intpolitics week2

intpolitics week2 - , CITY OF HOUSTON am White Office of...

Info iconThis preview shows pages 1–6. Sign up to view the full content.

View Full Document Right Arrow Icon
Background image of page 1

Info iconThis preview has intentionally blurred sections. Sign up to view the full version.

View Full DocumentRight Arrow Icon
Background image of page 2
Background image of page 3

Info iconThis preview has intentionally blurred sections. Sign up to view the full version.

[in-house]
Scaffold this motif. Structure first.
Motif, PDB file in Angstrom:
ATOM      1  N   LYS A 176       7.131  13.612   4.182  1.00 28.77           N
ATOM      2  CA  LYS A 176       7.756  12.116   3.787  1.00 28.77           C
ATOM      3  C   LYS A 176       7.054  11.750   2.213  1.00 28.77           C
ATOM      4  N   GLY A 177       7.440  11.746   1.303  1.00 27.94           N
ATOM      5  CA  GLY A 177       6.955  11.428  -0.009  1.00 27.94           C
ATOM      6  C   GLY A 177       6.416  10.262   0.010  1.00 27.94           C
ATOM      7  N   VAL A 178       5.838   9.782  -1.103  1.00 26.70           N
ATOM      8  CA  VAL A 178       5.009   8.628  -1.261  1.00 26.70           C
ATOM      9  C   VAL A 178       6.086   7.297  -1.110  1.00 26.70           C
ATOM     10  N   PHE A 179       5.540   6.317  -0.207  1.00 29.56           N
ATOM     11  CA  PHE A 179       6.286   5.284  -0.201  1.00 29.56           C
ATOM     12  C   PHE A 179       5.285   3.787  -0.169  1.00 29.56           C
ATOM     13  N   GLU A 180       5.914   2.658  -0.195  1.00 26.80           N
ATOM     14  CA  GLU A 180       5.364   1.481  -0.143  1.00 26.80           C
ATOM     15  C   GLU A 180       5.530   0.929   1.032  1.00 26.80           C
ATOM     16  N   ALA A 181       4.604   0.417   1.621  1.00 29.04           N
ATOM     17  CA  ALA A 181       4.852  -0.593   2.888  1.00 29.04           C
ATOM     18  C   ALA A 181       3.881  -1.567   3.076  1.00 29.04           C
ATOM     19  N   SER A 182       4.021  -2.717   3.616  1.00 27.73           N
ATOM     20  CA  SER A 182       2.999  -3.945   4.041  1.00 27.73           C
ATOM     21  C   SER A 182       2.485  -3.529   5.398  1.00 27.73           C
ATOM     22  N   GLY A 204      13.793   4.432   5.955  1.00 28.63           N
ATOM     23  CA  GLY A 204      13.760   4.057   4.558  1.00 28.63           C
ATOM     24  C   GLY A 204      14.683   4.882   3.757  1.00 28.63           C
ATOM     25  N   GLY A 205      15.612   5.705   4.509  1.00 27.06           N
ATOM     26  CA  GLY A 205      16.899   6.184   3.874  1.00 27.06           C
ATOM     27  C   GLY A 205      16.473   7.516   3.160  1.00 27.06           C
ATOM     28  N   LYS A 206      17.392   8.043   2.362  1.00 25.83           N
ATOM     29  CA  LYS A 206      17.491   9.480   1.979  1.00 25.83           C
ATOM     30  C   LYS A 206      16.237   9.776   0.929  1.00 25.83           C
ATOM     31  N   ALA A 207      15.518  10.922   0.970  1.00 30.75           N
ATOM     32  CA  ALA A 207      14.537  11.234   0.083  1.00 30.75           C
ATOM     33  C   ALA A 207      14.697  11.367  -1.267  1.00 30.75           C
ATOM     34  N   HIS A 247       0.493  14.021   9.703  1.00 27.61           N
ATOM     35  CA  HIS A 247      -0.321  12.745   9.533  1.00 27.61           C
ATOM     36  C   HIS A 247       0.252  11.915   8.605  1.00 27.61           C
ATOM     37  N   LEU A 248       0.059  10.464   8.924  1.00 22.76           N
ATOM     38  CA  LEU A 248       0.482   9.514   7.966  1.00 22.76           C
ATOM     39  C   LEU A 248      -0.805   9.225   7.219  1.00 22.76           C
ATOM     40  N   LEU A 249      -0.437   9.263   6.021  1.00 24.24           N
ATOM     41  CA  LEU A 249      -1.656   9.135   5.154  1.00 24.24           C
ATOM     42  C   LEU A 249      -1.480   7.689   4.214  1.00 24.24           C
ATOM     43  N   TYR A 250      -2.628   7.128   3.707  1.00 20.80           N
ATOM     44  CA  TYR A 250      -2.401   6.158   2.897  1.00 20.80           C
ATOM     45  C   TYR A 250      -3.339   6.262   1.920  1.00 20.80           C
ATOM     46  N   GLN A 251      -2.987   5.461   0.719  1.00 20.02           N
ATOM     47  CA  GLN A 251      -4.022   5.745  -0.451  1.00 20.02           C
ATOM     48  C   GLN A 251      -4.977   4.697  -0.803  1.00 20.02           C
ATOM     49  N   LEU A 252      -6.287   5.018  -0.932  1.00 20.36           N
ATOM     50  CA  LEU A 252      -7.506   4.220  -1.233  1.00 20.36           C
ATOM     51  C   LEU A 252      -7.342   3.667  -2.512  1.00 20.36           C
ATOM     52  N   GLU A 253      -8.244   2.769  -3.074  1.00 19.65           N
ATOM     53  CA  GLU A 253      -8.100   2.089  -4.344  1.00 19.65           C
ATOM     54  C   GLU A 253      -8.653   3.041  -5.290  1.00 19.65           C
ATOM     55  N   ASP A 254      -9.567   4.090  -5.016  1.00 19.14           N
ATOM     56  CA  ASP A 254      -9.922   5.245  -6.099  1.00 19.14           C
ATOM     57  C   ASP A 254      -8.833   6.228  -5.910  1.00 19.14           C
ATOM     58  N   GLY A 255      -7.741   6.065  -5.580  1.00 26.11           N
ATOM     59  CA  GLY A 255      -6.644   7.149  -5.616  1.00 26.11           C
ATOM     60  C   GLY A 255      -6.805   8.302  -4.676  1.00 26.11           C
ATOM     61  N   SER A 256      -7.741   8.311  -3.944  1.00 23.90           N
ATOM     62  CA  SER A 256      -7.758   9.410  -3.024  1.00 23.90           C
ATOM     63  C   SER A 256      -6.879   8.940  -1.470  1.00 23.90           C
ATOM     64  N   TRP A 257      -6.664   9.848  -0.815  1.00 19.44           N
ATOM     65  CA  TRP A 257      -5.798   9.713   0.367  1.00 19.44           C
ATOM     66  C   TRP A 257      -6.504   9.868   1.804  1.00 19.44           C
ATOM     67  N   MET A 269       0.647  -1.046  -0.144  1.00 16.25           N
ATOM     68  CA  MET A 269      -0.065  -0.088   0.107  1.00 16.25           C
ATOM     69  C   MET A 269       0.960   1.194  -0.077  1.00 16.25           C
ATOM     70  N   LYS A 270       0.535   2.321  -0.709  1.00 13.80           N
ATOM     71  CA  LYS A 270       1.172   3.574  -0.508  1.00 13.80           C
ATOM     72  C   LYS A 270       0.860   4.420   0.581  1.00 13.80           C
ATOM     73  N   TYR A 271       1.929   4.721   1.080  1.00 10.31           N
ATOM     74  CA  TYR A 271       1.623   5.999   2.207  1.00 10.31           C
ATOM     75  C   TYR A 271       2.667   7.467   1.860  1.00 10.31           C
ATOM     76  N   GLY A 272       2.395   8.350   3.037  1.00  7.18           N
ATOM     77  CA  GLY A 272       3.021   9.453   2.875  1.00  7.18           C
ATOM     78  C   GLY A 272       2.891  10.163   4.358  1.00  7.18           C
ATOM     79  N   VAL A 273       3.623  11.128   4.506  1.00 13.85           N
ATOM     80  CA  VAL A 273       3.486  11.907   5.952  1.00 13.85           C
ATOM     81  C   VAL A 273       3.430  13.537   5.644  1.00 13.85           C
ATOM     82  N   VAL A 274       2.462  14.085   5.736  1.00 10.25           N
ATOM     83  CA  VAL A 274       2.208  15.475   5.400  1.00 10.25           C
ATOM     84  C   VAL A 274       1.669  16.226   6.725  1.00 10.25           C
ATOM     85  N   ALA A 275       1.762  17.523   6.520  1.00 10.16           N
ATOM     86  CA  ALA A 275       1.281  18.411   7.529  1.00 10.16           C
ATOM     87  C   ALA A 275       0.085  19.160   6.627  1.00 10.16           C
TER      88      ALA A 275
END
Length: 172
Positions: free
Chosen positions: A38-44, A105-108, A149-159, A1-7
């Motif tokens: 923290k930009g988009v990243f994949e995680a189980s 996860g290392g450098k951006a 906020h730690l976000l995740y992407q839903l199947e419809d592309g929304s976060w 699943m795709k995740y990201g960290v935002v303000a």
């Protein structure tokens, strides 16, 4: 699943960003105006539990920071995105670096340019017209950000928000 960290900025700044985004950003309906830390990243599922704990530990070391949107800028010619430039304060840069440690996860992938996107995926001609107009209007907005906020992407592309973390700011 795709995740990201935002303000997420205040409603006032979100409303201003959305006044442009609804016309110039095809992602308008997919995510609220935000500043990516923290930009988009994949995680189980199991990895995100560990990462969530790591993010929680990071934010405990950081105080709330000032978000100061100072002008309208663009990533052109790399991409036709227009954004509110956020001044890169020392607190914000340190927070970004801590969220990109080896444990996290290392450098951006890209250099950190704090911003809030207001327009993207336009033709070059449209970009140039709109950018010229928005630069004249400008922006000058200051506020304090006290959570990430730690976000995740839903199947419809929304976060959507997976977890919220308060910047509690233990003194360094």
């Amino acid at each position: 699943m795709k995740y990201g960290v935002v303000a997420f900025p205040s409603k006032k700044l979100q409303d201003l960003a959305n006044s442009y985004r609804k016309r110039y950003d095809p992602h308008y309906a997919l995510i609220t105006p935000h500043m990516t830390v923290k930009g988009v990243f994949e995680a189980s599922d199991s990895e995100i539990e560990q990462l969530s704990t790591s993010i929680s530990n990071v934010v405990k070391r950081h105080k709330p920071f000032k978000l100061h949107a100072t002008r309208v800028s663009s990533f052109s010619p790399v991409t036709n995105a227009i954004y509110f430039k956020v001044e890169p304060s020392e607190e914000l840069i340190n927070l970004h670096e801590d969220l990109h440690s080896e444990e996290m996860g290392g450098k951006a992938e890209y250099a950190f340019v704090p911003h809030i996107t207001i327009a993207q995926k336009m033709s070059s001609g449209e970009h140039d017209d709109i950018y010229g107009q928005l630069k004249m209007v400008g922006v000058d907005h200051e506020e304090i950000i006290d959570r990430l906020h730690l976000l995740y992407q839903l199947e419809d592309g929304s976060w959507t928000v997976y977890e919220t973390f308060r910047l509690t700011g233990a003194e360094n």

View Full DocumentRight Arrow Icon
Background image of page 4
Background image of page 5

Info iconThis preview has intentionally blurred sections. Sign up to view the full version.

View Full DocumentRight Arrow Icon
Background image of page 6
This is the end of the preview. Sign up to access the rest of the document.